Before I go on to talk about this film, I would just like to say one thing: David Lean is one of the finest directors of all time. Lean doesn’t have just one film in my Top 10, but two, one of which is ranked in my Top 5. Lawrence of Arabia is undoubtedly one of the greatest films ever made, and if that isn’t enough, it also revealed the greatness of actor Peter O’Toole to the world. The film opens with the death of Lawrence (Peter O’Toole) by a motorcycle accident. At his memorial service, reporters try to better understand who this remarkable and complicated man really was. From here, we flashback into the life of Lawrence and where his military career begins…Lawrence is a British Army lieutenant stationed in Cairo during World War I. Mr. Dryden of the Arab Bureau (Claude Rains) sends Lawrence to evaluate the progress of Prince Faisal (Alec Guinness) in his revolt against the Turks. The journey is not an easy one but I won’t go into detail here so that you can see it for yourself — but I’ll continue talking about what happens next…At the end of this journey, Lawrence meets Colonel Brighton (Anthony Quayle), who tells him to be quiet, assess Faisal’s camp, and leave at once. Lawrence instead ignores Brighton’s orders and advises Faisal to attack Aqaba — and thus begins Lawrence’s exploits as he leads the Arab revolt against the Turks. Again, I don’t want to ruin the movie for you by going into any great detail here, but suffice to say that Lawrence uses guerilla warfare tactics and performs heroic feats but also experiences emotional struggles with acts of violence and his personal identityLawrence of Arabia was a huge success both critically and financially, and is still popular among viewers today. Critics have repeatedly cited the film’s impressive visuals, music and screenplay, as well as the magnificent performance of Peter O’Toole. O’Toole was nominated for the Best Actor Oscar, but would wind up losing to Gregory Peck who played Atticus Finch in To Kill a Mockingbird (which is also one of the best films in the history of cinema). It’s interesting to compare O’Toole’s performance as Lawrence and Peck’s performance as Finch since they’re both ranked on the American Film Institute’s 100 Heroes and Villains list; O’Toole would be ranked as the 10th Hero, while Peck would be ranked as the #1 Hero. Both excellent performances; both iconic roles; and yet both very different types of heroes.  Lawrence of Arabia would be producer Sam Spiegel’s third Academy Award for Best Picture (the first two are #4 and #2 on this list),and David Lean’s second Academy Award for Best Director (the other being #4 on this list). O’Toole would go on to be nominated for another seven Academy Awards, but would not win any – however he was the recipient of an Honorary Academy Award for his remarkable talents that “provided cinema with some of its most memorable characters.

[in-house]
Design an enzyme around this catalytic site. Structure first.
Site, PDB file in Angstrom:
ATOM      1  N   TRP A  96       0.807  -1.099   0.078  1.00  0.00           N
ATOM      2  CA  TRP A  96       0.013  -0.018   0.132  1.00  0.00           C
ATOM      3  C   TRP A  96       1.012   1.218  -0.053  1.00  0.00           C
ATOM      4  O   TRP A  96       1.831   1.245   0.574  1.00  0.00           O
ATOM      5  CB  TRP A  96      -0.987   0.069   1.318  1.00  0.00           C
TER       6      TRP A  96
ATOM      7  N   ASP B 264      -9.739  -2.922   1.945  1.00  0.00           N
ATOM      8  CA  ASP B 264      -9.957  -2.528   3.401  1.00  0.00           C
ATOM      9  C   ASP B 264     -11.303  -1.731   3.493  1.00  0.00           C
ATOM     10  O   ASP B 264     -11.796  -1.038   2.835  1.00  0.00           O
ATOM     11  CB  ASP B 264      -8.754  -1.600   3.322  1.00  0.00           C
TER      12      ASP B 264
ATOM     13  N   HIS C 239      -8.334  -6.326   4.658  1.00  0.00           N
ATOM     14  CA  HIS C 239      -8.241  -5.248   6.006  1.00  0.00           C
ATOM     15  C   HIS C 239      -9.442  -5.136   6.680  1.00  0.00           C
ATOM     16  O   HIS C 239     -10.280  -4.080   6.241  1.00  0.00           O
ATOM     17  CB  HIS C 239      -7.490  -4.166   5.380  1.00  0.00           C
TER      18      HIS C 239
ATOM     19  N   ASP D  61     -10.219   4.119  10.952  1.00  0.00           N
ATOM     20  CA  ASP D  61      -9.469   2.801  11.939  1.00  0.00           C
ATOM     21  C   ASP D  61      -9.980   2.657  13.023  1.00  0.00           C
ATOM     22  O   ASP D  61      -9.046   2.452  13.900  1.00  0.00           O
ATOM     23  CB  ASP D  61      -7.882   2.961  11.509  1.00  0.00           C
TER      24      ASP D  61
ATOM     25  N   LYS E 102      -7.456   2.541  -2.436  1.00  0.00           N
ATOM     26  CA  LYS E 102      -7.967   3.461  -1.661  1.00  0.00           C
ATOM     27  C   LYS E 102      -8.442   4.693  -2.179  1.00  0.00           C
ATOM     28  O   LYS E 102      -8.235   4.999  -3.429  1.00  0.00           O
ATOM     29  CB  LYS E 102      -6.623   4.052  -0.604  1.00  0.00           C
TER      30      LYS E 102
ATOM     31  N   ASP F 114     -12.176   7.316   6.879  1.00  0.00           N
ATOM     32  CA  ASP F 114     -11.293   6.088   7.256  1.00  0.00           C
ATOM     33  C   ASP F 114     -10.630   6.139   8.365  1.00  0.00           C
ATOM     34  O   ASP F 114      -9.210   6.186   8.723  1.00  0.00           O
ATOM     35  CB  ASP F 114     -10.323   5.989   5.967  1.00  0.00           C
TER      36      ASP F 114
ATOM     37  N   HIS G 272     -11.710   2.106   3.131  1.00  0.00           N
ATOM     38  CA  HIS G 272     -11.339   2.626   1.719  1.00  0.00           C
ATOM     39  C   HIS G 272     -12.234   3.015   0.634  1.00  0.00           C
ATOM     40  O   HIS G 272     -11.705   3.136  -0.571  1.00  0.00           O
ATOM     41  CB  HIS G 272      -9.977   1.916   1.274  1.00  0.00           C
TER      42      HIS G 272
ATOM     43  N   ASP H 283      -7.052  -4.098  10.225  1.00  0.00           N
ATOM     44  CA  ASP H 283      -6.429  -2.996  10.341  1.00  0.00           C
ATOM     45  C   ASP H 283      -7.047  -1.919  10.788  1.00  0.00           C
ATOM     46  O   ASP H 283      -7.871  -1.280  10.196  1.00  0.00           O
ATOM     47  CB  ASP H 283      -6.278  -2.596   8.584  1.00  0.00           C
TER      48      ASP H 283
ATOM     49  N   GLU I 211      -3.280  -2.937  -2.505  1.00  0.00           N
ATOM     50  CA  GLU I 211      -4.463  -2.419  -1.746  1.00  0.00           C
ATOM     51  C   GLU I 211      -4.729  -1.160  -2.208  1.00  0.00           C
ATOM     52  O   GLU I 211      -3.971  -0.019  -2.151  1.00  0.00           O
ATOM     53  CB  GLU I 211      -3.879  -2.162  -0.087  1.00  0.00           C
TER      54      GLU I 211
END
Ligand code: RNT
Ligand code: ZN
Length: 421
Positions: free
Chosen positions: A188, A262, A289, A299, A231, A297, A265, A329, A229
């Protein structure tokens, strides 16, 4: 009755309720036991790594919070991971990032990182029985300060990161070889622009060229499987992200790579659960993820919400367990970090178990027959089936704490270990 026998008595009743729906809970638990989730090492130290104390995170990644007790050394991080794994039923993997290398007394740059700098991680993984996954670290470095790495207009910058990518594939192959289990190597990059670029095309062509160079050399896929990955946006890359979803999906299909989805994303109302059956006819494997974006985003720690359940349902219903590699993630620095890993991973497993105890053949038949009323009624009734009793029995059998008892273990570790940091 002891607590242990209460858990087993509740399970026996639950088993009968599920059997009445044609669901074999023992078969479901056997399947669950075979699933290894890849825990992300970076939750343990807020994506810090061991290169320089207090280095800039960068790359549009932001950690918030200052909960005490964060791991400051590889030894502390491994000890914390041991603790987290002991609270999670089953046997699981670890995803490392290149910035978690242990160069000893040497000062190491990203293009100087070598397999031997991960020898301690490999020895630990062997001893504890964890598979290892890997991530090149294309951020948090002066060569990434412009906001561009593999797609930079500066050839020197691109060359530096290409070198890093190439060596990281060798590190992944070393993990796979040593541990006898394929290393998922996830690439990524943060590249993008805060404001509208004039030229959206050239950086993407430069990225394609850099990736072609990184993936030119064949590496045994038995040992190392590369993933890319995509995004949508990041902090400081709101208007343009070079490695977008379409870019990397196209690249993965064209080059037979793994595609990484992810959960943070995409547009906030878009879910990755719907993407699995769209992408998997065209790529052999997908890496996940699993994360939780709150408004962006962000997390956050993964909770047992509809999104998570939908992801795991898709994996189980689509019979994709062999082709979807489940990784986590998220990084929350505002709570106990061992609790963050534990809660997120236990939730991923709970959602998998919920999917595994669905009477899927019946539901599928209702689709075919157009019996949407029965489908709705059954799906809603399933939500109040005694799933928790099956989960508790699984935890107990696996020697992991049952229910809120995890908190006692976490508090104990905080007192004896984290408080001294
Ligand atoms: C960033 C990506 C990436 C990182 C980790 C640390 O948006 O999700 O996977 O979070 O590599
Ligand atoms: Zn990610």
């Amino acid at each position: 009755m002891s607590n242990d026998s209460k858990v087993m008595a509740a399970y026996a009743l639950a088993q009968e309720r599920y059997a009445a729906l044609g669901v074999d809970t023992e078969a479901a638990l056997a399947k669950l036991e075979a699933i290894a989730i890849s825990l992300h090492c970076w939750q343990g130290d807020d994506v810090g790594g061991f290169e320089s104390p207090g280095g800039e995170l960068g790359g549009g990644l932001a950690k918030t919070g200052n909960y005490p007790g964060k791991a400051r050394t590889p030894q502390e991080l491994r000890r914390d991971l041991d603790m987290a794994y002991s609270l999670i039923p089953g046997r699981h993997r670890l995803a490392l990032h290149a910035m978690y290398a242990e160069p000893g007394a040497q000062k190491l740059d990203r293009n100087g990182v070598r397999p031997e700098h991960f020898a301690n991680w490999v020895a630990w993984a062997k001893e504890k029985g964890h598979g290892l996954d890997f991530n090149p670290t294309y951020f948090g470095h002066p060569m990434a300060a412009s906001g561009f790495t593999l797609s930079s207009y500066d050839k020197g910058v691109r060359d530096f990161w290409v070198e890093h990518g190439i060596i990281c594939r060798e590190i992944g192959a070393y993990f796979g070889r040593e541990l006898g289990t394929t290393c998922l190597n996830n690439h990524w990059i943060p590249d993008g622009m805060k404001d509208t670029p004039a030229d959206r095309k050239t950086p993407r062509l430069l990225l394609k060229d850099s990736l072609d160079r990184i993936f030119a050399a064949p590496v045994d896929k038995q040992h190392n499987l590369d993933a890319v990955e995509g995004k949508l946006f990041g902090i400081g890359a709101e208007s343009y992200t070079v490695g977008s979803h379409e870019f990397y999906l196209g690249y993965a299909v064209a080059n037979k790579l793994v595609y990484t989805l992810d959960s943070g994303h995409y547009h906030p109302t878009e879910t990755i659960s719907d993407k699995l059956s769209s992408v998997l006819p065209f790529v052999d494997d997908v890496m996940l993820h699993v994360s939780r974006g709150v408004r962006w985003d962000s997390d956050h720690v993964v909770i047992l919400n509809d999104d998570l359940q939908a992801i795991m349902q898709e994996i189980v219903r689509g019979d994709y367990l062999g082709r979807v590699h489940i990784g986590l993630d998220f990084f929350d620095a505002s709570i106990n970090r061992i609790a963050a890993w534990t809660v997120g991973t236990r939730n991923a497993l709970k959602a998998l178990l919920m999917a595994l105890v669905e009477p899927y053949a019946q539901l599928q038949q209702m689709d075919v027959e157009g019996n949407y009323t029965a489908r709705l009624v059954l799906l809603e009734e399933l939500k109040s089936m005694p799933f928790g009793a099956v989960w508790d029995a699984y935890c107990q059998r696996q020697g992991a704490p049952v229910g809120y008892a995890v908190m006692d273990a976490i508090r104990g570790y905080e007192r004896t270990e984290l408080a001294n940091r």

Nominated for 10 Oscars, Winner of 7
Best Art Direction – Set Decoration, Color – John Box, John Stoll, Dario Simoni (WON)
Best Cinematography, Color – Freddie Young (WON)
Best Director – David Lean (WON)
Best Film Editing – Anne V. Coates (WON)
Best Music, Score – Substantially Original – Maurice Jarre (WON)
Best Picture – Sam Spiegel (WON)
Best Sound – John Cox (Shepperton SSD) (WON)
Best Actor in a Leading Role – Peter O’Toole
Best Actor in a Supporting Role – Omar Sharif
Best Writing, Screenplay Based on Material from Another Medium – Robert Bolt, Michael Wilson

Prince Feisal: But you know, Lieutenant, in the Arab city of Cordoba were two miles of public lighting in the streets when London was a village?
T.E. Lawrence: Yes, you were great.
Prince Feisal: Nine centuries ago.
T.E. Lawrence: Time to be great again, my lord.